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The Four C’s of Data Quality

It seems somewhat simple, but the better the source data is, the better the resulting predictions or recommendations are going to be. Think of data as the rocket fuel for your AI journey. Here is a set of dimensions that can be used to evaluate source data:


  • Coverage is the total amount of source data that we have available for our wells. The source data required for AI solutions is not just the sensor stream.
  • Coverage is going to describe the number of data sources that we have available for a well.  Many of the models that are used in advanced systems, such as OspreyData, are combining sensor-based machine learning models and physics-based models. Completing a holistic view of well design, complete with maintenance history and failure reports is critical to successful model development.


  • Think of continuity as how much source data is available without gaps or lapses. This is very important when reviewing sensor streams or the pool of dynacards available.
  • The graph shows a set of sensors, in this case for a rod pump well. Visually, we can see that each of these sensors is complete for the time range we are viewing, looking at about six months of the signal. There are a couple of quick lapses, but very few. Generally, this well has very good continuous data.
  • As contrast, this graph shows a different example. Visually, this well has a number of lapses. The yellow highlights are showing the individual lapses. It’s not clear if there aren’t more lapses in signal than there are signals. Being unable to see the signal stream proceeding the failure meant the machine learning models had to exclude those failures from training.


  • Consistency is the frequency of updates or new values in a time series data stream. The consistency or frequency of updates must be higher than the indication of the failure we are attempting to predict.
  • The data in the first graph looks pretty reasonable. Over a five day period, there is some variability in the signals, mostly in the tubing pressure. But what if the signal was only being collected on an hourly basis? There might be changes that are being masked by that frequency of collection.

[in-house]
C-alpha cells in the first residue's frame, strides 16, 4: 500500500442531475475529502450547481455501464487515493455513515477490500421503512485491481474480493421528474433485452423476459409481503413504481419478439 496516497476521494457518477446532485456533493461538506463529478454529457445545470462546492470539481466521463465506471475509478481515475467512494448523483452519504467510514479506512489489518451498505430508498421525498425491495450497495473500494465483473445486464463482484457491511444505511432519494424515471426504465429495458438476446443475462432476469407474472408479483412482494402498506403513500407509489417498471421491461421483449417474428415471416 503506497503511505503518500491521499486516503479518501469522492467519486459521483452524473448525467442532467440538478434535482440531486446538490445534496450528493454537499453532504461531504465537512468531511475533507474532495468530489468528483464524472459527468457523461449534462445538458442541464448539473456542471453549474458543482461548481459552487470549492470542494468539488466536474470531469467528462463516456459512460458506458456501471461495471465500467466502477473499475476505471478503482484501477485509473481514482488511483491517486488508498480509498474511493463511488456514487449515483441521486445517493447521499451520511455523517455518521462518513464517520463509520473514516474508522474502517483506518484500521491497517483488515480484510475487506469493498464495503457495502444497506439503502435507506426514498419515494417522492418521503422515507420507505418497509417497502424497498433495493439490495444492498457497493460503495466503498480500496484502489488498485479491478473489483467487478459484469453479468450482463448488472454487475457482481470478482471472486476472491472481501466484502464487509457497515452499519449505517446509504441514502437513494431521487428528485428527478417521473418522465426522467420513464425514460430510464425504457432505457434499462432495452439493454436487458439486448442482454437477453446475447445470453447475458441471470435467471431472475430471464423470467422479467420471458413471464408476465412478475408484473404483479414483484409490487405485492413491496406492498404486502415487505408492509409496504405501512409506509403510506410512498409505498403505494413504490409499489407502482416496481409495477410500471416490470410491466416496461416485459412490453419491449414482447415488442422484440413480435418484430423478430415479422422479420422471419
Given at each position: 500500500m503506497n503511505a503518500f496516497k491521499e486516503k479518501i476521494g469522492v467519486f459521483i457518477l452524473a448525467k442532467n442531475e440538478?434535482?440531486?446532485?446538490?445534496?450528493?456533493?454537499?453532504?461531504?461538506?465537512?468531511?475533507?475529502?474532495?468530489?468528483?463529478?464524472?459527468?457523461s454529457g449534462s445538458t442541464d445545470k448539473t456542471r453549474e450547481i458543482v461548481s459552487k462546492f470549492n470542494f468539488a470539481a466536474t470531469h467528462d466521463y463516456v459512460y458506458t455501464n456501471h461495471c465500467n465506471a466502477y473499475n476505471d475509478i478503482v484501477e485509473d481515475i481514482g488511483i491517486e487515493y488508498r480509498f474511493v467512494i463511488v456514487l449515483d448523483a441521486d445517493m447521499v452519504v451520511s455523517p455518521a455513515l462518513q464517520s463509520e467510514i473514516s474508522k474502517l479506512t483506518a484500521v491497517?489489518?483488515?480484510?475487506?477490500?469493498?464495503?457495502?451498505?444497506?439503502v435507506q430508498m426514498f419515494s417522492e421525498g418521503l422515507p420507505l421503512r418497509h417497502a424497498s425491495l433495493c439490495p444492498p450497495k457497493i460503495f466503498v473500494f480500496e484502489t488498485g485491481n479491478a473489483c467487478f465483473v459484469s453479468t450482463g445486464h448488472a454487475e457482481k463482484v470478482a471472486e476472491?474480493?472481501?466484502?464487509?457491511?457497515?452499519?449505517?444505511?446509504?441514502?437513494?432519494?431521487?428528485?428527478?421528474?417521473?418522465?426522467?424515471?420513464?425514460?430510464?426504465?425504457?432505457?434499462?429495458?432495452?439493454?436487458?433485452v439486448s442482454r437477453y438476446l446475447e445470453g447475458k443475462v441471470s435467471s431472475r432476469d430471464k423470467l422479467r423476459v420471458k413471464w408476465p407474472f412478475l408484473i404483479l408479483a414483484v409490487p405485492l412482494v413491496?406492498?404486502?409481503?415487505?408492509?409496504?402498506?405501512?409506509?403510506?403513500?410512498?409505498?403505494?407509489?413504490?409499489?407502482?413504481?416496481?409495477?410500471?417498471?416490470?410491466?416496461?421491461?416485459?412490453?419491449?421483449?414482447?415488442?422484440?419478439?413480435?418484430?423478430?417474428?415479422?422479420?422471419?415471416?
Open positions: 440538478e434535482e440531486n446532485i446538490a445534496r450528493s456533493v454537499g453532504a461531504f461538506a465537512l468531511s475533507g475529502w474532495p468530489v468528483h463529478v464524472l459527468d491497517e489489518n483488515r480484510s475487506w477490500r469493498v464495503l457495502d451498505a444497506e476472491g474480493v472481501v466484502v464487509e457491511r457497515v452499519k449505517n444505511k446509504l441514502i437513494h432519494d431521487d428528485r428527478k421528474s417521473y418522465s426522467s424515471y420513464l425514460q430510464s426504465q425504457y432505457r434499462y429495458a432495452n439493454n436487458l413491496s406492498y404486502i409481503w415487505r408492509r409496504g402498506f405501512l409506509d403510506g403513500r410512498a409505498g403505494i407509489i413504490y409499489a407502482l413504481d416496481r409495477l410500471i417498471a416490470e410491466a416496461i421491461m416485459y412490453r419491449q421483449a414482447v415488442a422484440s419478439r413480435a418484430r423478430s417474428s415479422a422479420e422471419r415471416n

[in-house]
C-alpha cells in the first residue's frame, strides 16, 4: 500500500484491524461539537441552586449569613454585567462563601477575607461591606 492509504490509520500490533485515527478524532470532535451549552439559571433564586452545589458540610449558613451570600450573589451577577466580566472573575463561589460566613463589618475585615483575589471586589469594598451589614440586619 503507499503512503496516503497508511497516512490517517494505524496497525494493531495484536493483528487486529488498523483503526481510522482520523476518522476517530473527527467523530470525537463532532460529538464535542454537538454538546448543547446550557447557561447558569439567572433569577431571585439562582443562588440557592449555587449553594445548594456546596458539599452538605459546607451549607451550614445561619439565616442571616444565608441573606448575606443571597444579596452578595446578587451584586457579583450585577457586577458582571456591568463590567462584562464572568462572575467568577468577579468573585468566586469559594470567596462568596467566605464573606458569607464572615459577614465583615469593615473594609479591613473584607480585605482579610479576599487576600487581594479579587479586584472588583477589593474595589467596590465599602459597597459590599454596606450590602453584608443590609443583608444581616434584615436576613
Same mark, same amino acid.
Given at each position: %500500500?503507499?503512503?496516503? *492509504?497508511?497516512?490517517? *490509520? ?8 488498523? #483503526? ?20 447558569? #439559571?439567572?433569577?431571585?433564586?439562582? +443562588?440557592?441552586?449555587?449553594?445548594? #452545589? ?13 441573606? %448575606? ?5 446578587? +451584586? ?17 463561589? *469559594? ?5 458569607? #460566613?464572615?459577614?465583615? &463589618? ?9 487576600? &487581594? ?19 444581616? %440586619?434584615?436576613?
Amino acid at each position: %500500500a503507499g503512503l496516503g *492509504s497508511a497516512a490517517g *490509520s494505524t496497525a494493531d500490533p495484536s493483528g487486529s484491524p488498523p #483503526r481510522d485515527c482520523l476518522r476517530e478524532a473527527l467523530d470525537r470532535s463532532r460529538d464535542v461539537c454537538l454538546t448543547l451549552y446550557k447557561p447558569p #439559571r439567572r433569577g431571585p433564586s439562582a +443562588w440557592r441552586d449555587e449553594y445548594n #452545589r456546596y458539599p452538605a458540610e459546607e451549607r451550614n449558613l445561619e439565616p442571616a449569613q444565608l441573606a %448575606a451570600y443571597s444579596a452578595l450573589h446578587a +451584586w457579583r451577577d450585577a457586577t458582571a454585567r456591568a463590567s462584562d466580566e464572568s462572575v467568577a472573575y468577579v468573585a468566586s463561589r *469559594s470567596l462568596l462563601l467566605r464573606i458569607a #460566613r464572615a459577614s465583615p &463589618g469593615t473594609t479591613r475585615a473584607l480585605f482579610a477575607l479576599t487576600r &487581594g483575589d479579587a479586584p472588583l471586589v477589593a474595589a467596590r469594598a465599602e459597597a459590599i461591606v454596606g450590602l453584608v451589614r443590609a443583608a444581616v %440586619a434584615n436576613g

• The second graph shows signal data adjusted to a five-minute interval. It becomes clear that there is a tremendous amount of variability in this signal. In this case, the issue was a result of problems with back-pressure regulation that was resulting in foaming in the tube. The signal looks completely different based on a simple adjustment of the frequency of updates.


  • Connectedness indicates the ability to trace a thread of connections for a well across all of the source data.
  • When we can determine how the well design ties to signal stream and that ties to the asset management systems, that reaches a degree of connectedness. In the first example, almost every source of data for a well has a slightly modified version of the name. While it may be somewhat clear to see the similarities here, when the project started, a great deal of confusion occurred as various teams had to look for “other” names in their systems.
  • The second example is no less problematic, though more subtle. This shows how teams could possibly name at the same physical sensor, with different names. This becomes more challenging in that while it is the same sensor signal, changing the name also changes context. Trying to have teams understand all the differences can be quite confusing.

These are the “Four C’s” of data quality, and these few examples show the various dimensions by which we may evaluate the quality of source data.

Please contact us with any questions you may have about source data quality. We would love to discuss our solutions for maximizing your oil and gas ROI.